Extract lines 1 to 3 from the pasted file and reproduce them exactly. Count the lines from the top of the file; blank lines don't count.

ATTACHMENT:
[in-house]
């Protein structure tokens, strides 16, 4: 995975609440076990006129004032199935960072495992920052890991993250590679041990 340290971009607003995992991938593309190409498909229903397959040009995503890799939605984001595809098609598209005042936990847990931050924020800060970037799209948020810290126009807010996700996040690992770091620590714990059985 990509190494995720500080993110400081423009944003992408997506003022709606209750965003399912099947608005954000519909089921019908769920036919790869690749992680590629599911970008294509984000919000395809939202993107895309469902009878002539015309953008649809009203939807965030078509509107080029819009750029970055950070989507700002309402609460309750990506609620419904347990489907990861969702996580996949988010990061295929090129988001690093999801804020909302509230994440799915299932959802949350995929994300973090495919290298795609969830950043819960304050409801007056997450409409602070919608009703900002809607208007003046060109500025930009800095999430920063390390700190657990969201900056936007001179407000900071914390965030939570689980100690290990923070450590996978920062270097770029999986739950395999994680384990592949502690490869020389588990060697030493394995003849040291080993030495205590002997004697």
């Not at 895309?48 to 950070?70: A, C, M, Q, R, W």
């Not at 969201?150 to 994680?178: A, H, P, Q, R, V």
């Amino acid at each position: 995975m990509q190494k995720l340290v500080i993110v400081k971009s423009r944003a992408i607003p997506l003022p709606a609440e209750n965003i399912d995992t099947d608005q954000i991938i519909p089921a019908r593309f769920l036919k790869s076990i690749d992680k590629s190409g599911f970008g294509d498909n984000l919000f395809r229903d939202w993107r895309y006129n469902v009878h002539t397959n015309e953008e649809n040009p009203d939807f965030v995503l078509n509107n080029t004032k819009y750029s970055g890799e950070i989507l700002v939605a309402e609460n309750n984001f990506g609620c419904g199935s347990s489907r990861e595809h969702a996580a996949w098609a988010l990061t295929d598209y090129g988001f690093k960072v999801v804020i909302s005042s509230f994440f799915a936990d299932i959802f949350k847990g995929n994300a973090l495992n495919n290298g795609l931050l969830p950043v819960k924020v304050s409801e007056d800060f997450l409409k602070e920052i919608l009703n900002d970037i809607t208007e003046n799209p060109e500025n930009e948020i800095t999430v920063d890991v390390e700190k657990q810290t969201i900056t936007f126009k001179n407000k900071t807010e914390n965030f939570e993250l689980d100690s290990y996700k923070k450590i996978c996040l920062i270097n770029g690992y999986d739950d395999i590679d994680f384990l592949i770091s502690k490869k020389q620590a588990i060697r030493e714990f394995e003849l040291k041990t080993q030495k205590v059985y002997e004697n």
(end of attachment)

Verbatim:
[in-house]
């Protein structure tokens, strides 16, 4: 995975609440076990006129004032199935960072495992920052890991993250590679041990 340290971009607003995992991938593309190409498909229903397959040009995503890799939605984001595809098609598209005042936990847990931050924020800060970037799209948020810290126009807010996700996040690992770091620590714990059985 990509190494995720500080993110400081423009944003992408997506003022709606209750965003399912099947608005954000519909089921019908769920036919790869690749992680590629599911970008294509984000919000395809939202993107895309469902009878002539015309953008649809009203939807965030078509509107080029819009750029970055950070989507700002309402609460309750990506609620419904347990489907990861969702996580996949988010990061295929090129988001690093999801804020909302509230994440799915299932959802949350995929994300973090495919290298795609969830950043819960304050409801007056997450409409602070919608009703900002809607208007003046060109500025930009800095999430920063390390700190657990969201900056936007001179407000900071914390965030939570689980100690290990923070450590996978920062270097770029999986739950395999994680384990592949502690490869020389588990060697030493394995003849040291080993030495205590002997004697």
């Not at 895309?48 to 950070?70: A, C, M, Q, R, W």